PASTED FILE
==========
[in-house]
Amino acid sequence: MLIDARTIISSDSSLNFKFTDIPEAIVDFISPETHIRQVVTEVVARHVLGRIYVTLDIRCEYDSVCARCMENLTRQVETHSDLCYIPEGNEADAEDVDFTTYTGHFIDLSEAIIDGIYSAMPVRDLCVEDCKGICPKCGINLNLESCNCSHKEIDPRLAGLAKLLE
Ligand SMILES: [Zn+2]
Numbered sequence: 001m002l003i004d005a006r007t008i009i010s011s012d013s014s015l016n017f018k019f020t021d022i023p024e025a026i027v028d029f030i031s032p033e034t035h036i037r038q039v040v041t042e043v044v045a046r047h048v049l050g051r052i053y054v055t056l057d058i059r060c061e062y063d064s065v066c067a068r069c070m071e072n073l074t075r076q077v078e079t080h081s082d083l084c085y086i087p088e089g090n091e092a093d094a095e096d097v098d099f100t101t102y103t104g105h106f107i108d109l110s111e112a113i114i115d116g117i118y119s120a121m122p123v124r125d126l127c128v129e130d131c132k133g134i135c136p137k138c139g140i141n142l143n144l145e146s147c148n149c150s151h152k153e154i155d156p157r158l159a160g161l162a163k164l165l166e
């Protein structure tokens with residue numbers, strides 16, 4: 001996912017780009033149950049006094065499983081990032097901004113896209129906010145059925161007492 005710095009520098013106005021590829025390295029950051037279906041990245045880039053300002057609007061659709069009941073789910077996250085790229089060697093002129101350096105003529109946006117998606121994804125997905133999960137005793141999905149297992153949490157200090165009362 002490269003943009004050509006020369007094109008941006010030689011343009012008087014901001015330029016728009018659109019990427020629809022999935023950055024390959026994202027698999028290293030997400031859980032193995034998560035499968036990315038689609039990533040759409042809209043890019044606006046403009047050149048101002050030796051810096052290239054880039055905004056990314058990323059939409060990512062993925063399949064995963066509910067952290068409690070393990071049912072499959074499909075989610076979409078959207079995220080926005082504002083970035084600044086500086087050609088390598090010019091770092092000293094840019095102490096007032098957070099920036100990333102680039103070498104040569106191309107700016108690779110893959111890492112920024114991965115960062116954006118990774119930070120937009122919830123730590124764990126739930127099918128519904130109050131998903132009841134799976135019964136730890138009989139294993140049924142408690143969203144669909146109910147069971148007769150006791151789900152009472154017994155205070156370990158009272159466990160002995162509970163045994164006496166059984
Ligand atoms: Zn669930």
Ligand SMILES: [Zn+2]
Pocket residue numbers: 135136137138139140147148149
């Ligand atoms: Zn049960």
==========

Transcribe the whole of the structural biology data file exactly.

[in-house]
Amino acid sequence: MLIDARTIISSDSSLNFKFTDIPEAIVDFISPETHIRQVVTEVVARHVLGRIYVTLDIRCEYDSVCARCMENLTRQVETHSDLCYIPEGNEADAEDVDFTTYTGHFIDLSEAIIDGIYSAMPVRDLCVEDCKGICPKCGINLNLESCNCSHKEIDPRLAGLAKLLE
Ligand SMILES: [Zn+2]
Numbered sequence: 001m002l003i004d005a006r007t008i009i010s011s012d013s014s015l016n017f018k019f020t021d022i023p024e025a026i027v028d029f030i031s032p033e034t035h036i037r038q039v040v041t042e043v044v045a046r047h048v049l050g051r052i053y054v055t056l057d058i059r060c061e062y063d064s065v066c067a068r069c070m071e072n073l074t075r076q077v078e079t080h081s082d083l084c085y086i087p088e089g090n091e092a093d094a095e096d097v098d099f100t101t102y103t104g105h106f107i108d109l110s111e112a113i114i115d116g117i118y119s120a121m122p123v124r125d126l127c128v129e130d131c132k133g134i135c136p137k138c139g140i141n142l143n144l145e146s147c148n149c150s151h152k153e154i155d156p157r158l159a160g161l162a163k164l165l166e
């Protein structure tokens with residue numbers, strides 16, 4: 001996912017780009033149950049006094065499983081990032097901004113896209129906010145059925161007492 005710095009520098013106005021590829025390295029950051037279906041990245045880039053300002057609007061659709069009941073789910077996250085790229089060697093002129101350096105003529109946006117998606121994804125997905133999960137005793141999905149297992153949490157200090165009362 002490269003943009004050509006020369007094109008941006010030689011343009012008087014901001015330029016728009018659109019990427020629809022999935023950055024390959026994202027698999028290293030997400031859980032193995034998560035499968036990315038689609039990533040759409042809209043890019044606006046403009047050149048101002050030796051810096052290239054880039055905004056990314058990323059939409060990512062993925063399949064995963066509910067952290068409690070393990071049912072499959074499909075989610076979409078959207079995220080926005082504002083970035084600044086500086087050609088390598090010019091770092092000293094840019095102490096007032098957070099920036100990333102680039103070498104040569106191309107700016108690779110893959111890492112920024114991965115960062116954006118990774119930070120937009122919830123730590124764990126739930127099918128519904130109050131998903132009841134799976135019964136730890138009989139294993140049924142408690143969203144669909146109910147069971148007769150006791151789900152009472154017994155205070156370990158009272159466990160002995162509970163045994164006496166059984
Ligand atoms: Zn669930």
Ligand SMILES: [Zn+2]
Pocket residue numbers: 135136137138139140147148149
């Ligand atoms: Zn049960």